Digestion is the mechanical and chemical breakdown of our food into small enough molecules, so that they can be absorbed in the intestines and used as nutrients by the body, to help us renew our internal tissues and organs, over our lifetime.
In that last sentence alone, you can see that dysfunction of this process, must mean a detriment to our general health and wellbeing.
The fundamental role of the mouth is to begin the process of digestion, by reducing the size and altering the consistency of our food.
The mouth achieves this by the mechanical action of using the teeth to chew, along with the tongue, to move the food around. Together they help reduce the surface area of food, and create what is called a "bolus".
The bolus is lubricated by the chemical addition of Saliva and mucous from the glands within the mouth, which further help to alter the consistency and surface area of our food.
Certain sensory receptors within the mouth, send signals to the brain to begin the process of digestion, by releasing Saliva and the hormone Gastrin to prepare the stomach to receive the bolus.
Indeed, this anticipatory reaction is also stimulated by the sight, smell and thought of the food we are about to eat. This first phase of digestion is called the Cephalic phase.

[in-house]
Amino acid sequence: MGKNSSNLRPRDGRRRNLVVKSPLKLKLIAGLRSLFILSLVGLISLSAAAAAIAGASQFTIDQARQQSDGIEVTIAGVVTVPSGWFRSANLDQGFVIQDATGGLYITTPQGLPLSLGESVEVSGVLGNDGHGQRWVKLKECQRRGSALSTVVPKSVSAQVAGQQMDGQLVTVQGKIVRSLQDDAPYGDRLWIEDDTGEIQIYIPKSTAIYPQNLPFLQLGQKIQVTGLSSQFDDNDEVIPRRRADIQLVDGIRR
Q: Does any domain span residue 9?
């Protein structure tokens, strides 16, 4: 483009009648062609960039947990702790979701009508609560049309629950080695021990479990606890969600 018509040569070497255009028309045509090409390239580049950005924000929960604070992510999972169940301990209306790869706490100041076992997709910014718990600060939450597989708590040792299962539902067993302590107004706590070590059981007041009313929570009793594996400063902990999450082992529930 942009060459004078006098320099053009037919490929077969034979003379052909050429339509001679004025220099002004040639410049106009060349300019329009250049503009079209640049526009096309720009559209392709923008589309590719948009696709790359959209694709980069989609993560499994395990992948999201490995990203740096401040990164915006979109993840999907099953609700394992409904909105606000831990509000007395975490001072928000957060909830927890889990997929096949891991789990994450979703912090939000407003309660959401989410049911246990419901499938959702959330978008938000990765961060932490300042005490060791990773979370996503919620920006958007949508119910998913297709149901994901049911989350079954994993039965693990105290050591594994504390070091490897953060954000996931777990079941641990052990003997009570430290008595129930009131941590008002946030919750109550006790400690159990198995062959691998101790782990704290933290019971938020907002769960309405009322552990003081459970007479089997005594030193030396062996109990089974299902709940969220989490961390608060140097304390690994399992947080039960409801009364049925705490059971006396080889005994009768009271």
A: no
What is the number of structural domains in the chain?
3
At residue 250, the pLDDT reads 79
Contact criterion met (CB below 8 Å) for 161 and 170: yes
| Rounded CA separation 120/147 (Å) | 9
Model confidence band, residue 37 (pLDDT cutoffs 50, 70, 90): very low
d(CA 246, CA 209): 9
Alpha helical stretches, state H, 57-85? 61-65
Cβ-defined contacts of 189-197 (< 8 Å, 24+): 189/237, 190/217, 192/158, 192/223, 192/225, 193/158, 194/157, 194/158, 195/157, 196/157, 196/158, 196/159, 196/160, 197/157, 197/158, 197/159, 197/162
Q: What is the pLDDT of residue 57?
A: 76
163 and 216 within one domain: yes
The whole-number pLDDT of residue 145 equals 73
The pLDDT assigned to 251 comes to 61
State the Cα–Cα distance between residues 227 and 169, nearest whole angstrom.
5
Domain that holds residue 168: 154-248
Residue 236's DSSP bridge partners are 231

During the Cephalic phase, there is only a partial amount of chemical (enzymatic) breakdown of our food that takes place within our mouths, which allows us to taste the foods we eat.
The first part of this process is carbohydrate digestion, which is performed by the action of an enzyme (substance that significantly speeds up a chemical reaction) called Salivary Amalyse. Another enzyme named Lingual Lipase - responsible for fat digestion - is released in the mouth, but only begins its actions once activated in the acidic environment of the stomach.
Alongside its carbohydrate digestive role, Saliva contains antimicrobial substances, because the mouth is the first line of defence between ourselves and any potential pathogens, contained within the food we eat.
In summary, the mouth acts to reduce size and lubricate food for swallowing into the stomach, where the real chemical breakdown process begins.
Chewing our food properly is an often overlooked, but very important consideration, when correcting any detrimental nutrition regime.
The smaller and more liquified the bolus, the better work that the stomach can do in actually digesting it into chyme, and optimally digesting the food we eat......but more about that and the stomachs role in a later post.....next time we discuss the Oesophagus, and a common complication that may arise from its dysfunction, called acid reflux, also known as GERD.